I can tell by his cheeks that he’s warm. He’s under that computer and those blankets, but he’s warm anyways, though only if someone can get close enough. He’s a huggable lantern covered in felt skin that make people want to trust him, that makes him want to trust people. His trusting warmness is why girls or boys like him. Maybe both. They probably like to curl up around him, searching for some soft secrets in his protective hardened frame. He’s probably got gold on the inside. That’s what makes his eyes sparkle. There’s gold buried at the bottom of those wells. It’s what makes them show how warm he is on the inside. But it’s disappearing gold, like the goose and her eggs. If someone were to rip him open, cut out his eyes, slice apart his heart, dig through his brain, or examine every thread in his muscles, they wouldn’t find the gold. It can’t be found by looking inside of him. He would be red with blood and life. But not gold. It isn’t buried in a storehouse inside of him. He gives the golden eggs away freely, like all the warmth his little lantern can muster. But break it, and the light goes out. The goose wasn’t golden on the inside.
The screen has dimmed. I stare straight ahead at the corner of Mike’s desk. There’s the hat he wore earlier. The screen blackens, and the room is dark. I blink several times, and the darkness adjusts like a blanket falling down to wrap everything up in its embrace. I still don’t know the time. I stare at the black and gray shapes that seem to bend under my eyes, trying to understand them. One looks like a snake, but I think it’s just his jacket sleeve.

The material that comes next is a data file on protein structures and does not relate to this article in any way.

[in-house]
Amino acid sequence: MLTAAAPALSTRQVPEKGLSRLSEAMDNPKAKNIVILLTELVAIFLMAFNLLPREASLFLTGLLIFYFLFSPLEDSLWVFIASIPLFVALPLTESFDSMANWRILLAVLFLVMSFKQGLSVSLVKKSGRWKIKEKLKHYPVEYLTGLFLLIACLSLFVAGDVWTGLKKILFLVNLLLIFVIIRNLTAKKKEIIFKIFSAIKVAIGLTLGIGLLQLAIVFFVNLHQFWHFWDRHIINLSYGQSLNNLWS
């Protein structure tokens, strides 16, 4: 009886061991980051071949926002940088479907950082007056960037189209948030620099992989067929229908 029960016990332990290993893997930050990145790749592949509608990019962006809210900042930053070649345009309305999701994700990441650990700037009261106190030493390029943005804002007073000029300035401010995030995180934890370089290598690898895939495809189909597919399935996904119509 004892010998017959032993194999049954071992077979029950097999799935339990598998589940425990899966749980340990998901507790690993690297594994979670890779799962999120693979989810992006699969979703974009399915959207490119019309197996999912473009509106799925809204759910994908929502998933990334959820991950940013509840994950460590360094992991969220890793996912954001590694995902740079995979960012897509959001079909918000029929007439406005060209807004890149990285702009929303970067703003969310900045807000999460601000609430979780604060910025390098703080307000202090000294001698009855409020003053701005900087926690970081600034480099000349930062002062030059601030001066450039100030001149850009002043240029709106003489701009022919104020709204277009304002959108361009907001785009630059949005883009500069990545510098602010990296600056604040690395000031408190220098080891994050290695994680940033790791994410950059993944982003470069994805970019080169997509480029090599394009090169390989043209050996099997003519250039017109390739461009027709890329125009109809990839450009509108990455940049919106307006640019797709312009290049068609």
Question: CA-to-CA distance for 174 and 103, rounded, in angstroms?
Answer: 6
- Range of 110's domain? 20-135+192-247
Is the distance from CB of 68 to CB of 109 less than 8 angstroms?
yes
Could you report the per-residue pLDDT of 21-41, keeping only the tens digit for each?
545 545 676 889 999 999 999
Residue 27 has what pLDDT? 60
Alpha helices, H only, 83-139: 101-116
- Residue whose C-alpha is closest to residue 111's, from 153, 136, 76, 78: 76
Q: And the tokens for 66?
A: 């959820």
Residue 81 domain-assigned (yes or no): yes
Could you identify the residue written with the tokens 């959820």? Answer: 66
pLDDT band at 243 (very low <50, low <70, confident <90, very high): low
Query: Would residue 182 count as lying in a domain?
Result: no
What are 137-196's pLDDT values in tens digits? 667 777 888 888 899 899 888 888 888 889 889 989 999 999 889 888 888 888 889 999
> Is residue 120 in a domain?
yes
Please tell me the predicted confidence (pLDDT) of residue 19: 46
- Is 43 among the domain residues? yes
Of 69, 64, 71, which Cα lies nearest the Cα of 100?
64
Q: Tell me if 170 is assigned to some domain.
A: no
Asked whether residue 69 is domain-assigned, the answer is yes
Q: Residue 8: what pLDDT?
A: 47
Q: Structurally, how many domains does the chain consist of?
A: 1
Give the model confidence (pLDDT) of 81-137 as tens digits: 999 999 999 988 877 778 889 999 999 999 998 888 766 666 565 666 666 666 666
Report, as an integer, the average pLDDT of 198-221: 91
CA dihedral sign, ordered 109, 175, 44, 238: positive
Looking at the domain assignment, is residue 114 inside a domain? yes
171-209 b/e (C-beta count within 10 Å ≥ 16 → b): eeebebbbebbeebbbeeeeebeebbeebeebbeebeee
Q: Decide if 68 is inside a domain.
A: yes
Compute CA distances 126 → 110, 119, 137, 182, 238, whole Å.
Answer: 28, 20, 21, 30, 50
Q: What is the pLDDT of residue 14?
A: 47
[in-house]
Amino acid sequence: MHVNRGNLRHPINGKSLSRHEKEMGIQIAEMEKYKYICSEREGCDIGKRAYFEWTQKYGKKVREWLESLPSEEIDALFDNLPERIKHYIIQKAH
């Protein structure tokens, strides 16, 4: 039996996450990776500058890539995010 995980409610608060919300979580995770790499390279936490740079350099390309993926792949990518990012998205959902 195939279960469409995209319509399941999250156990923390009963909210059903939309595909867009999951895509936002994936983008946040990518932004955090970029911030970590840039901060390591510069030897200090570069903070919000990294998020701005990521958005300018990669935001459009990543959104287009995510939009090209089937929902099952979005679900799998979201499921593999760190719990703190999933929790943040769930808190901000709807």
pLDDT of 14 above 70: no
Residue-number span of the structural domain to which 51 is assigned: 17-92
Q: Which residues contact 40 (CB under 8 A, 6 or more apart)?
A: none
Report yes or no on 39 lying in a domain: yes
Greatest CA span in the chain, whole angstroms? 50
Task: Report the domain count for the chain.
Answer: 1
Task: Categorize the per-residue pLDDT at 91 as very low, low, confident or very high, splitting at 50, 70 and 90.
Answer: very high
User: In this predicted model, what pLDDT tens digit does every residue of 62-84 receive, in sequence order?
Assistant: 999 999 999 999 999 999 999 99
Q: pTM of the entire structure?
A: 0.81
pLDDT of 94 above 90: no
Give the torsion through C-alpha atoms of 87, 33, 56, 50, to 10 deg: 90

I get up and feel for the door, then I crack it open and slip through. When I open the front door, the cold air whips my face and hair. I walk down the concrete steps and onto the sidewalk, headed for the church. The streets are empty, and my breath disappears into the haze after a few seconds of my exhale.
I hear a car and turn to watch it pass.
But it doesn’t.
It slows to a stop beside me, and the window rolls down. There are two men. The one driving has a broad forehead and a broader grin. The man beside him talks too loudly, and he pulls a lighter out of his shirt pocket and holds the wispy flame to a cigarette he’s been rolling between his lips. They wear dark clothes with shadows and grime, and they smell like smoke. These men are probably full of ash. Their lungs are black and would crumble between my fingers. Their hearts would be dark and cold, and their brains would be gray. Their blood would be black and greasy like the life fuel in their cars. They ask me where I’m headed.
The tambourine rattles in my chest, but I look down and stare at the ground between my feet.
“I’m lost. I don’t know where I am. Or how I got here.”